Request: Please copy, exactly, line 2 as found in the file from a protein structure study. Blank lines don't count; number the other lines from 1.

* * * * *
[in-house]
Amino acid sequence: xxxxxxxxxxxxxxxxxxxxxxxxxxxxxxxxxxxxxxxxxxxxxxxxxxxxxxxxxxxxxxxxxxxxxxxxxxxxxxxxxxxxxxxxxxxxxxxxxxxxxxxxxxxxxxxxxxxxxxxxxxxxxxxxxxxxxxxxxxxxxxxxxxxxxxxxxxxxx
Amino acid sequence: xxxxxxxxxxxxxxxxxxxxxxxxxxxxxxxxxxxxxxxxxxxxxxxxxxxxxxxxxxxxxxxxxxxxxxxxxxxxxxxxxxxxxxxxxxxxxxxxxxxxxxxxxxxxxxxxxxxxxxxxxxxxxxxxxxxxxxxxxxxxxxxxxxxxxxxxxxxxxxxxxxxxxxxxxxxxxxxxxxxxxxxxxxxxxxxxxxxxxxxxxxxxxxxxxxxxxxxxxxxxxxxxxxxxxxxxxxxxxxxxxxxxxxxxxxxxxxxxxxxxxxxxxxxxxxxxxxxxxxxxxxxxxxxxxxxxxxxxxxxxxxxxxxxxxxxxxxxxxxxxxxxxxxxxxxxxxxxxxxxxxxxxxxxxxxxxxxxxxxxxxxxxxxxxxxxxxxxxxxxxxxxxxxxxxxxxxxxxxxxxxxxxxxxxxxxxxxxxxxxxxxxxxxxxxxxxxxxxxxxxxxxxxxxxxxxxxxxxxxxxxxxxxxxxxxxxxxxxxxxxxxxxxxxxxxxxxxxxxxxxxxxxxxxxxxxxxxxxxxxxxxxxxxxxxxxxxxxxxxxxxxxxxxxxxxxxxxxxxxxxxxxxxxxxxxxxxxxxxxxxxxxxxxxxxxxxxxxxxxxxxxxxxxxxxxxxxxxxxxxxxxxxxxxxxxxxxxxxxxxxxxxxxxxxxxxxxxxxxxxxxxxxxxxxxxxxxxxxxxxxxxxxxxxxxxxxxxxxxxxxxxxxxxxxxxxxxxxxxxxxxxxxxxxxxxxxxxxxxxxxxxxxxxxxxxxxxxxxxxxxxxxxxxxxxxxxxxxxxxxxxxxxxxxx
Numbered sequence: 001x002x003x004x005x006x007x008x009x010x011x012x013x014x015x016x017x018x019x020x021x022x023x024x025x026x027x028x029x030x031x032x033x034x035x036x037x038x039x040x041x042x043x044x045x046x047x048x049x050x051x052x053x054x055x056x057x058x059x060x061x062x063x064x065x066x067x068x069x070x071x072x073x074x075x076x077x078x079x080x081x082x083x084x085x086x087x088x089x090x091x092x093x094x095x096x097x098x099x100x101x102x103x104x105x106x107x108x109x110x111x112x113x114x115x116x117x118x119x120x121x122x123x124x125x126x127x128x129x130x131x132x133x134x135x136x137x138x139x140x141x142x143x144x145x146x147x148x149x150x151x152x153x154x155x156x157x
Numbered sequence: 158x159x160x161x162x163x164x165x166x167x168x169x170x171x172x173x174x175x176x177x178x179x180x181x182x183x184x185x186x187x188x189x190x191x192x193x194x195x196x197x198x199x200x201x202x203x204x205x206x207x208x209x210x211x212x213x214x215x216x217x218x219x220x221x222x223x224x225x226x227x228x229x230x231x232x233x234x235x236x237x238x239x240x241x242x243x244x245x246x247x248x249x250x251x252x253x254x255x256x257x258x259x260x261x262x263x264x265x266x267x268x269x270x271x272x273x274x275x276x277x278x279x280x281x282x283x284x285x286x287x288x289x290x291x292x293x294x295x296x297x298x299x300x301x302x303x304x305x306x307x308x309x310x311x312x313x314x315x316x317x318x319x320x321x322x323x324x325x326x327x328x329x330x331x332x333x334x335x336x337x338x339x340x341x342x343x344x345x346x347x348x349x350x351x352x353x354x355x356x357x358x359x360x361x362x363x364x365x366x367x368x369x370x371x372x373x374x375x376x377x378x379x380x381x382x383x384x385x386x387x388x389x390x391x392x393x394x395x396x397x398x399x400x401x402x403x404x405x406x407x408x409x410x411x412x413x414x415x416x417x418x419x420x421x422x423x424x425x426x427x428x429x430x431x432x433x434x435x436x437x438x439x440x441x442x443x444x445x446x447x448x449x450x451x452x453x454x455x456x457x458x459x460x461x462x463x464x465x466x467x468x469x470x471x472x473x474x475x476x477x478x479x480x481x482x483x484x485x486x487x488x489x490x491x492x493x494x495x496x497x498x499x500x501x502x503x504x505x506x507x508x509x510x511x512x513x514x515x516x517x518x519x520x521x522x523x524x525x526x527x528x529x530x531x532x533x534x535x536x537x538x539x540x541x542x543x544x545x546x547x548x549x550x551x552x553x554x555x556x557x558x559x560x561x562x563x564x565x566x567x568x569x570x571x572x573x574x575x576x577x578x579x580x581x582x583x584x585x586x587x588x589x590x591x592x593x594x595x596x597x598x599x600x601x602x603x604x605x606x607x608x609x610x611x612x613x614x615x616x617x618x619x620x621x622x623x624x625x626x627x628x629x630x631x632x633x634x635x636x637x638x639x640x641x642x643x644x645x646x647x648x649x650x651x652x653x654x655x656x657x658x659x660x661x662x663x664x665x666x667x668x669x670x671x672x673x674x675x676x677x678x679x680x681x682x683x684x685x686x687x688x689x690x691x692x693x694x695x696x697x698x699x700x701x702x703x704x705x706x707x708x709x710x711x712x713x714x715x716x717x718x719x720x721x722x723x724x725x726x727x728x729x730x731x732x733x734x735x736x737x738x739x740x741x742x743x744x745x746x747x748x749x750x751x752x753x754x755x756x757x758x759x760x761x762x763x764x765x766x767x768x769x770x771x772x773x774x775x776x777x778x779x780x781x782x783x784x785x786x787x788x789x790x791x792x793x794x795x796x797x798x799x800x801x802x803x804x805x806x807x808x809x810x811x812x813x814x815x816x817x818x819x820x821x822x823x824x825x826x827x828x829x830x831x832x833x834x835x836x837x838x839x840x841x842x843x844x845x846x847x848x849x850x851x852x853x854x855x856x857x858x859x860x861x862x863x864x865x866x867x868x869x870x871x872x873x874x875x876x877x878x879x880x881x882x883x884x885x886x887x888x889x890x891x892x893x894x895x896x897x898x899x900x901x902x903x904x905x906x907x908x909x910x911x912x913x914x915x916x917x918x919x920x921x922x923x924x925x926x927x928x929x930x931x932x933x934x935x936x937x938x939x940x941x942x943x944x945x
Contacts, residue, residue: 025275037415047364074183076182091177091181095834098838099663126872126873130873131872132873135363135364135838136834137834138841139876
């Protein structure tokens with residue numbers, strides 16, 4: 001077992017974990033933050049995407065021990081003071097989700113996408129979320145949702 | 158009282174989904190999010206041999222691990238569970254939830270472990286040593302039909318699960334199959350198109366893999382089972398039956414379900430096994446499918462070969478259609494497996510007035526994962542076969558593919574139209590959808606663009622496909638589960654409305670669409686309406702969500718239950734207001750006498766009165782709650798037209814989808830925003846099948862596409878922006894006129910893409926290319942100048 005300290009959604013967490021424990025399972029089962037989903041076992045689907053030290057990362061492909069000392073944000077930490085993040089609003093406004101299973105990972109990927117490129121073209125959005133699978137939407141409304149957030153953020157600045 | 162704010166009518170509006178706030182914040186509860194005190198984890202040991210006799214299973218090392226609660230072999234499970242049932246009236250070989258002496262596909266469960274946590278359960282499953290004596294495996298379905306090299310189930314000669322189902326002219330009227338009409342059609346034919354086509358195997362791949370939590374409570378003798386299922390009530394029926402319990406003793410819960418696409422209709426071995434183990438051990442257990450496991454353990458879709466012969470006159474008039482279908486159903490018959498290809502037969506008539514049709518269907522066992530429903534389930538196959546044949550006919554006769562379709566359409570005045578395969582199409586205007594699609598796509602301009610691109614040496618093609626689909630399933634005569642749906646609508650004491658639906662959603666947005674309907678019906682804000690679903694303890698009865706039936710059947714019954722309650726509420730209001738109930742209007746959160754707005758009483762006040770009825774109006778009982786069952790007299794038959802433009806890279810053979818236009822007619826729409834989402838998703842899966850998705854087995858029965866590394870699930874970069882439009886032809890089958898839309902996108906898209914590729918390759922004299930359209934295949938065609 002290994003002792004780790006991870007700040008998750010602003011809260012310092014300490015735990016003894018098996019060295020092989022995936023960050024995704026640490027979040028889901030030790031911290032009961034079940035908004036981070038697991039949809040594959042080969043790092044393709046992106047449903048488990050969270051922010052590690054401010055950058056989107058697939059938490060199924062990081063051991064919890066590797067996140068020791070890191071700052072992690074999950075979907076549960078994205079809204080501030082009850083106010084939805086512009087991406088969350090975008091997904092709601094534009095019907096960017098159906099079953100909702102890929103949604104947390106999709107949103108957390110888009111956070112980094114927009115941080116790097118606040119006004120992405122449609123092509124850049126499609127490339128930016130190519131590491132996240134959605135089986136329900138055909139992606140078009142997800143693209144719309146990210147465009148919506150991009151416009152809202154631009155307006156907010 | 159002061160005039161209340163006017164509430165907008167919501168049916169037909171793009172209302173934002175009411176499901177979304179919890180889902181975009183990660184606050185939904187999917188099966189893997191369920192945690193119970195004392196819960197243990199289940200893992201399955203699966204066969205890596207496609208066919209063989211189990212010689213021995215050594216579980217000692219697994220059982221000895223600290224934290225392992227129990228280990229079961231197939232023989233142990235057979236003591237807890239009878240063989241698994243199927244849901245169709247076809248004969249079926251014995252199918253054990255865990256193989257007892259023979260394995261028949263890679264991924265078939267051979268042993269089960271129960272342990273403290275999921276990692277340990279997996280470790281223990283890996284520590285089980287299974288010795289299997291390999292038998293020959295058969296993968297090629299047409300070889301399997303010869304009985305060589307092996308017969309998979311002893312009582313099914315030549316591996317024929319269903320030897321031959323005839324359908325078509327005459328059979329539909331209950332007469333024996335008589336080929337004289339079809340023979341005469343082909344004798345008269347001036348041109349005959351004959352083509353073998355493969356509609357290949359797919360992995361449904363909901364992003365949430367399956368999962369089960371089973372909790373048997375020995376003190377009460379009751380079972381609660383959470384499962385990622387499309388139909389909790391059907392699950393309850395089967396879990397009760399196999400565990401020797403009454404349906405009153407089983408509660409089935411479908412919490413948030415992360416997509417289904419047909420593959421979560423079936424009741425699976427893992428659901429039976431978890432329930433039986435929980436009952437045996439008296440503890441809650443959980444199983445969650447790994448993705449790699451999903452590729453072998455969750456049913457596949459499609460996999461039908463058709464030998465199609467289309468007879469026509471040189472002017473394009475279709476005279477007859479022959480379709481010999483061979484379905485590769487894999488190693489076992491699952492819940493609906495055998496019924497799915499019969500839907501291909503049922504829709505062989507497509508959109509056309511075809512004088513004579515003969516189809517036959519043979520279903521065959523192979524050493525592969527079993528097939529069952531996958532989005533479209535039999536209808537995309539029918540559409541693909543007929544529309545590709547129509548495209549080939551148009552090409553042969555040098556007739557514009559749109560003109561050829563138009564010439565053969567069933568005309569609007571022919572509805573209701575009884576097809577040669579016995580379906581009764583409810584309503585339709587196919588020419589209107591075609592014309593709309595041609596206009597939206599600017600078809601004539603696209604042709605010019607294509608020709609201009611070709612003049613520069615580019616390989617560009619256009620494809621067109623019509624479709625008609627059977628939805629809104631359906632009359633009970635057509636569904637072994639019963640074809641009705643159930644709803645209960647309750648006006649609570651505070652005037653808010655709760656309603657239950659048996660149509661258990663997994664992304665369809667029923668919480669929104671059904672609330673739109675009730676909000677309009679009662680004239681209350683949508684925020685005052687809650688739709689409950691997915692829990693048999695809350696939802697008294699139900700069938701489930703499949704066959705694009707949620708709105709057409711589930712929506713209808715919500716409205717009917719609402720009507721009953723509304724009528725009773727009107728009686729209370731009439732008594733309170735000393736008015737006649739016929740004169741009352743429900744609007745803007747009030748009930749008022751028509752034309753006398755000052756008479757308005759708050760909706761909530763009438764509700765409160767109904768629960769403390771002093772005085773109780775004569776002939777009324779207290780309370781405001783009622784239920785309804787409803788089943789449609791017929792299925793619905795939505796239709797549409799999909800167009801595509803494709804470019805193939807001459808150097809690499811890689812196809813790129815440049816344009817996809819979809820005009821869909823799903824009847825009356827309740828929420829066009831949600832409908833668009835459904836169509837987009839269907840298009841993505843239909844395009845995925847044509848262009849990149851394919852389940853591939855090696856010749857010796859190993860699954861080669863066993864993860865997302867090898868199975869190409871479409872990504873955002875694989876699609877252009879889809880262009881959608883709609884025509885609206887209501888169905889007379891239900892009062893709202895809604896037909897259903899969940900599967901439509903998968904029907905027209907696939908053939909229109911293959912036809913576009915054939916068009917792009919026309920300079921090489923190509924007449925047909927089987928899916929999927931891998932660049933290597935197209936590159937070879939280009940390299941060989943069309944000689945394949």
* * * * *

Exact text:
Amino acid sequence: xxxxxxxxxxxxxxxxxxxxxxxxxxxxxxxxxxxxxxxxxxxxxxxxxxxxxxxxxxxxxxxxxxxxxxxxxxxxxxxxxxxxxxxxxxxxxxxxxxxxxxxxxxxxxxxxxxxxxxxxxxxxxxxxxxxxxxxxxxxxxxxxxxxxxxxxxxxxx